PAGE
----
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An extortionary guerrilla movement

  • Norman Offstein

    (J. W. Lock Co., Covina, California, USA)

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    This paper models an extortionary relationship between a pipeline operator and a guerrilla movement. Payment and attack decisions are modeled as an infinite-horizon Markov decision process, where each period the oil company chooses to pay or not pay an extortion demand and the movement decides to attack or not. Decisions depend on the level of single-period payoff and discounted expected future payoffs. We estimate the model with pipeline attack data and compare parameters when the discount factor is changed. We reject a zero discount factor hypothesis, demonstrating that the movement's observed attack pattern is compatible with extortionary behavior. Copyright © 2007 John Wiley & Sons, Ltd.

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    File URL: http://hdl.handle.net/10.1002/jae.962
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    File URL: http://qed.econ.queensu.ca:80/jae/2007-v22.6/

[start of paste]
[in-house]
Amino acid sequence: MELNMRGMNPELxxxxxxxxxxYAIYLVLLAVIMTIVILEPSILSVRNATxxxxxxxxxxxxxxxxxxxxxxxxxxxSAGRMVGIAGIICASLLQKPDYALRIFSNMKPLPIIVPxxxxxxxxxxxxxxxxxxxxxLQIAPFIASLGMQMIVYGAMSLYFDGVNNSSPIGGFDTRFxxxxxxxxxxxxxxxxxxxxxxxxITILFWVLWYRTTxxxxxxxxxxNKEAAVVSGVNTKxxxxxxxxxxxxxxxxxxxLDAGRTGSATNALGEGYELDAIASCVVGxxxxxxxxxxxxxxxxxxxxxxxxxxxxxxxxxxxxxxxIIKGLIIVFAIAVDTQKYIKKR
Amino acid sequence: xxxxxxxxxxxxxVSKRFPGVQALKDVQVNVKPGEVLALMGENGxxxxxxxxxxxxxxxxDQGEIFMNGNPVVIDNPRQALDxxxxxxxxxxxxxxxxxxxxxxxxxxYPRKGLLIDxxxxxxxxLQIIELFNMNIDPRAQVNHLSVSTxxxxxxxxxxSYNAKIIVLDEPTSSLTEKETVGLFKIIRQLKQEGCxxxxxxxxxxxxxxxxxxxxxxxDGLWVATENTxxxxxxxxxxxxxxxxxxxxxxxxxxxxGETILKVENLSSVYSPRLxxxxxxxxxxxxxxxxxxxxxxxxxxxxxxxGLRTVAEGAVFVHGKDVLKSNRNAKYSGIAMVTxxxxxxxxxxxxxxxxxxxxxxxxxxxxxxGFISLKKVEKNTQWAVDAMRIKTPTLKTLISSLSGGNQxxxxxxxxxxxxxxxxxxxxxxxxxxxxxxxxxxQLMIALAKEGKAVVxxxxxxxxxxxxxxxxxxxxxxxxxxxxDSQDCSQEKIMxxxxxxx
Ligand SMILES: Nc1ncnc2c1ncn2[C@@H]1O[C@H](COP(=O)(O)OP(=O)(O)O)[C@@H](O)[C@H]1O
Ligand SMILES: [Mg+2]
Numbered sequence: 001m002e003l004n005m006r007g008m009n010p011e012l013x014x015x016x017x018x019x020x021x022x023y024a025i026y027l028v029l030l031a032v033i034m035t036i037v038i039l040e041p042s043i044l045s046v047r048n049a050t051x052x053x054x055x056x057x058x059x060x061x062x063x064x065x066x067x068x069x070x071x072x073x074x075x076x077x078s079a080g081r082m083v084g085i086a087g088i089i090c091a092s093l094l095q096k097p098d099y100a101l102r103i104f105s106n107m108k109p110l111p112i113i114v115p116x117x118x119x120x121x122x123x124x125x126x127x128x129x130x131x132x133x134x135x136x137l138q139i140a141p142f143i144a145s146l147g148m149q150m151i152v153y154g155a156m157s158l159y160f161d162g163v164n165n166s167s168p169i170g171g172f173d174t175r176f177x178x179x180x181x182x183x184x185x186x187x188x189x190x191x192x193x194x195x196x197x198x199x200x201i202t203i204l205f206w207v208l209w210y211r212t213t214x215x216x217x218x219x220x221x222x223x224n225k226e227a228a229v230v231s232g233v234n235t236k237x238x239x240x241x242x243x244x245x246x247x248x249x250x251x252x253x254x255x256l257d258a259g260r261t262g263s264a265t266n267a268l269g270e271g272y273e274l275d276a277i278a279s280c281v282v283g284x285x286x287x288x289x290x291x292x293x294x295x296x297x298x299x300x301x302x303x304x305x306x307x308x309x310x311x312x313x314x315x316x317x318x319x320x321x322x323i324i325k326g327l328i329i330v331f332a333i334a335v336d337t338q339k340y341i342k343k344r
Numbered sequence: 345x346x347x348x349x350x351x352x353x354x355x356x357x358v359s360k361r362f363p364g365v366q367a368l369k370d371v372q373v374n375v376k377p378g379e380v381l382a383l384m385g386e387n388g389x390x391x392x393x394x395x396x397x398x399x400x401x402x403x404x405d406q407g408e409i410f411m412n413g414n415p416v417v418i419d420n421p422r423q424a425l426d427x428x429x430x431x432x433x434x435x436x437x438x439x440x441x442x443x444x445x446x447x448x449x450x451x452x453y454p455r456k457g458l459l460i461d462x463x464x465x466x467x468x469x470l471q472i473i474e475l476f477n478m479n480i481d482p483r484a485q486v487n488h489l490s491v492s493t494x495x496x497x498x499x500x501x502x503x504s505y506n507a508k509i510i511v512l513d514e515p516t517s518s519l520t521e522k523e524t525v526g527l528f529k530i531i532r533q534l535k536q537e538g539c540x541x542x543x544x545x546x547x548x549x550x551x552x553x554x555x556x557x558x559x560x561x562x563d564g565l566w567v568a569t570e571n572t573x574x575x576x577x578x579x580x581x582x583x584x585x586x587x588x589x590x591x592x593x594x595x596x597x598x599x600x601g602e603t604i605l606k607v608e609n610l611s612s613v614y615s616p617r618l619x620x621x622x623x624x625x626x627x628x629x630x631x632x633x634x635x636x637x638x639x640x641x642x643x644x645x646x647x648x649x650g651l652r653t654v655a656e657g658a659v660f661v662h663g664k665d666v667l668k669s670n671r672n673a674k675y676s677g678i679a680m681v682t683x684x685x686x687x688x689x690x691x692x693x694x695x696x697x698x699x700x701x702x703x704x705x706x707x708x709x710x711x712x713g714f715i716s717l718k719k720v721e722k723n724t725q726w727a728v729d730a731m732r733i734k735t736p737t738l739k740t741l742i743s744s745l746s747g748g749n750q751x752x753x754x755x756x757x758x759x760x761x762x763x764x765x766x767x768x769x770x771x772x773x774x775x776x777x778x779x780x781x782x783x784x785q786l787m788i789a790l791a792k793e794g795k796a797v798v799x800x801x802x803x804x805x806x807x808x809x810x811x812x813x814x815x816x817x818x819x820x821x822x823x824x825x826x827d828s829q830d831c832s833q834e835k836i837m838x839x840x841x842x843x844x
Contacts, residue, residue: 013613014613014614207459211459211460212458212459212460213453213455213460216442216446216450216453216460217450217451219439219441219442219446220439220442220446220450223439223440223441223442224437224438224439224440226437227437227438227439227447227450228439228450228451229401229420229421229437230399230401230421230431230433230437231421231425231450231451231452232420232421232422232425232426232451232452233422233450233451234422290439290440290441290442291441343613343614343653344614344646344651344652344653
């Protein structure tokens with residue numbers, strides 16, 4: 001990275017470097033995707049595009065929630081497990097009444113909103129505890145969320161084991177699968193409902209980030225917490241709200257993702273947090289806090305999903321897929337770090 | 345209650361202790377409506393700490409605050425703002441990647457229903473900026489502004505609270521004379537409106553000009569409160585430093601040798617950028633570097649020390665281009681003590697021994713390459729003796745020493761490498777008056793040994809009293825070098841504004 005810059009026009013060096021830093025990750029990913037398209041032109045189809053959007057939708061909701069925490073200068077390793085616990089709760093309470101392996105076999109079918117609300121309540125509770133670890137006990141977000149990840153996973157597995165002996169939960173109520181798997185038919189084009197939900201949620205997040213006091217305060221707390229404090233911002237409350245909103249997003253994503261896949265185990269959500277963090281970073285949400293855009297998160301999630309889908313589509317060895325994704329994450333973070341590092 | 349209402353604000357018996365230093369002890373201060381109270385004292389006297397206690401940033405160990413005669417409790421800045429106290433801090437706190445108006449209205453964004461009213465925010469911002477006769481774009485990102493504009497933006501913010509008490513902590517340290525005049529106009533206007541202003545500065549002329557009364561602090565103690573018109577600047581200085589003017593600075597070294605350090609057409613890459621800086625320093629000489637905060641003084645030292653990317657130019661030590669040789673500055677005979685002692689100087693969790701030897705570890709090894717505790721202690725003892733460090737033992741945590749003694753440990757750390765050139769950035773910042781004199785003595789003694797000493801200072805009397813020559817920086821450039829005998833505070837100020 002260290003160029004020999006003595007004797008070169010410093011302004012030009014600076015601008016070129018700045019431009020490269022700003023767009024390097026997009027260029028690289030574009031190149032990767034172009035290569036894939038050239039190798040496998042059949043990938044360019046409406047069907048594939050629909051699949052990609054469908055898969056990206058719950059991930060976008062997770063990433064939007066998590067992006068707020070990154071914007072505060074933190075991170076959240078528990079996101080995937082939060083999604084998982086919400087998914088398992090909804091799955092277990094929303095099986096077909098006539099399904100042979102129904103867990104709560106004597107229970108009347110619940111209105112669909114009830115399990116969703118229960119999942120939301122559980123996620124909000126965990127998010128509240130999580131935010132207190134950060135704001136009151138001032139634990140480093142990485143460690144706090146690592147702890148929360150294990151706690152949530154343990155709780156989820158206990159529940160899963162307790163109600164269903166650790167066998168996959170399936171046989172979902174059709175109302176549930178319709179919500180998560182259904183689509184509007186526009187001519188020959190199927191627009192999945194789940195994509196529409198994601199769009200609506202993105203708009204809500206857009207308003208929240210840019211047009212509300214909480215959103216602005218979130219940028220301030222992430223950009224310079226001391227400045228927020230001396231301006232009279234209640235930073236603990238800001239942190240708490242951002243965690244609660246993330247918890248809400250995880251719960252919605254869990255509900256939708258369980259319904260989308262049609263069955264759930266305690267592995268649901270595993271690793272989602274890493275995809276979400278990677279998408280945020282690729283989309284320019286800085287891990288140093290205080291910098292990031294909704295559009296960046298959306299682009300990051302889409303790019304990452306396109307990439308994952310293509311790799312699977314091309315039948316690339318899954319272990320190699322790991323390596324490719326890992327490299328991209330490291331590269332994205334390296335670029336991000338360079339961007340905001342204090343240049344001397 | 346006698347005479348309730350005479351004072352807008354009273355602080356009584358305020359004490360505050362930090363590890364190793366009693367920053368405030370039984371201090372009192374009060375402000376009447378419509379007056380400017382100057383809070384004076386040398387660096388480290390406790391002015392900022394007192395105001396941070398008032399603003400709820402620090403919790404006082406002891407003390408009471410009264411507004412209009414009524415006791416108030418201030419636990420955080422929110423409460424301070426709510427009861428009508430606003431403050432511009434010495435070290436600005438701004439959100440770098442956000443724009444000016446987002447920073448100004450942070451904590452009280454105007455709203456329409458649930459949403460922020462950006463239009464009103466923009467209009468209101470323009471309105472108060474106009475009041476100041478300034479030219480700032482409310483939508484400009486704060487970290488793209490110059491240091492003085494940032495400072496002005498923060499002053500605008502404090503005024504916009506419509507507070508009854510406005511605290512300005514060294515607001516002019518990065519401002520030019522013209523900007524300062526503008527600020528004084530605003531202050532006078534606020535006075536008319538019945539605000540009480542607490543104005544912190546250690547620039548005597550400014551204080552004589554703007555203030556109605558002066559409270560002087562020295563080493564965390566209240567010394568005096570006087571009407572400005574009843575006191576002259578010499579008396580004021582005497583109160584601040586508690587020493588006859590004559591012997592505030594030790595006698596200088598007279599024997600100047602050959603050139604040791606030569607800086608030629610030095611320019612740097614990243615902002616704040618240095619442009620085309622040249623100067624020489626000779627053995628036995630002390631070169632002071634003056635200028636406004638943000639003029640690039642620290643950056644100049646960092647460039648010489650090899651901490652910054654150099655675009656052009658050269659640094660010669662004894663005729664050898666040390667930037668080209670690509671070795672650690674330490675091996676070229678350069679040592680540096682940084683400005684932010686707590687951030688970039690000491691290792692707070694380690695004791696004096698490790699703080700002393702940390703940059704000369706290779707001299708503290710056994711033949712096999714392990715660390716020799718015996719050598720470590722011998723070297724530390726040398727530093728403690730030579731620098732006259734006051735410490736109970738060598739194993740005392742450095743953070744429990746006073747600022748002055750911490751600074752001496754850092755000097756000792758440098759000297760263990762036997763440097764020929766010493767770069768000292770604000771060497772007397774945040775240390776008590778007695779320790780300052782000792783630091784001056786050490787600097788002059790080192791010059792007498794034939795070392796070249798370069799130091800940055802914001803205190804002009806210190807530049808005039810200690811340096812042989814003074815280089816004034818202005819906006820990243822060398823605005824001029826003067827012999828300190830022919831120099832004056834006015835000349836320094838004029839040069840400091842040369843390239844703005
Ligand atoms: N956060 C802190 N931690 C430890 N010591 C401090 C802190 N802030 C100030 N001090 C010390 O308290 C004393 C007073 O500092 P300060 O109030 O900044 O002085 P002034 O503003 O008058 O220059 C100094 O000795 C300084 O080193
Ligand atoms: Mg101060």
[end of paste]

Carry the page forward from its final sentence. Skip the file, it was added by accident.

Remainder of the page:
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    Article provided by John Wiley & Sons, Ltd. in its journal Journal of Applied Econometrics.

    Volume (Year): 22 (2007)
    Issue (Month): 6 ()
    Pages: 995-1011

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    Handle: RePEc:jae:japmet:v:22:y:2007:i:6:p:995-1011
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    1. Collier, Paul & Hoeffler, Anke, 2000. "Greed and grievance in civil war," Policy Research Working Paper Series 2355, The World Bank.
    2. Ariel Pakes & Michael Ostrovsky & Steven Berry, 2007. "Simple estimators for the parameters of discrete dynamic games (with entry/exit examples)," RAND Journal of Economics, RAND Corporation, vol. 38(2), pages 373-399, 06.
    3. Patrick Bajari & Han Hong, 2006. "Semiparametric Estimation of a Dynamic Game of Incomplete Information," NBER Technical Working Papers 0320, National Bureau of Economic Research, Inc.
    4. Collier, Paul & Hoeffler, Anke & Soderbom, Mans, 2001. "On the duration of civil war," Policy Research Working Paper Series 2681, The World Bank.
    5. Rust, John, 1987. "Optimal Replacement of GMC Bus Engines: An Empirical Model of Harold Zurcher," Econometrica, Econometric Society, vol. 55(5), pages 999-1033, September.
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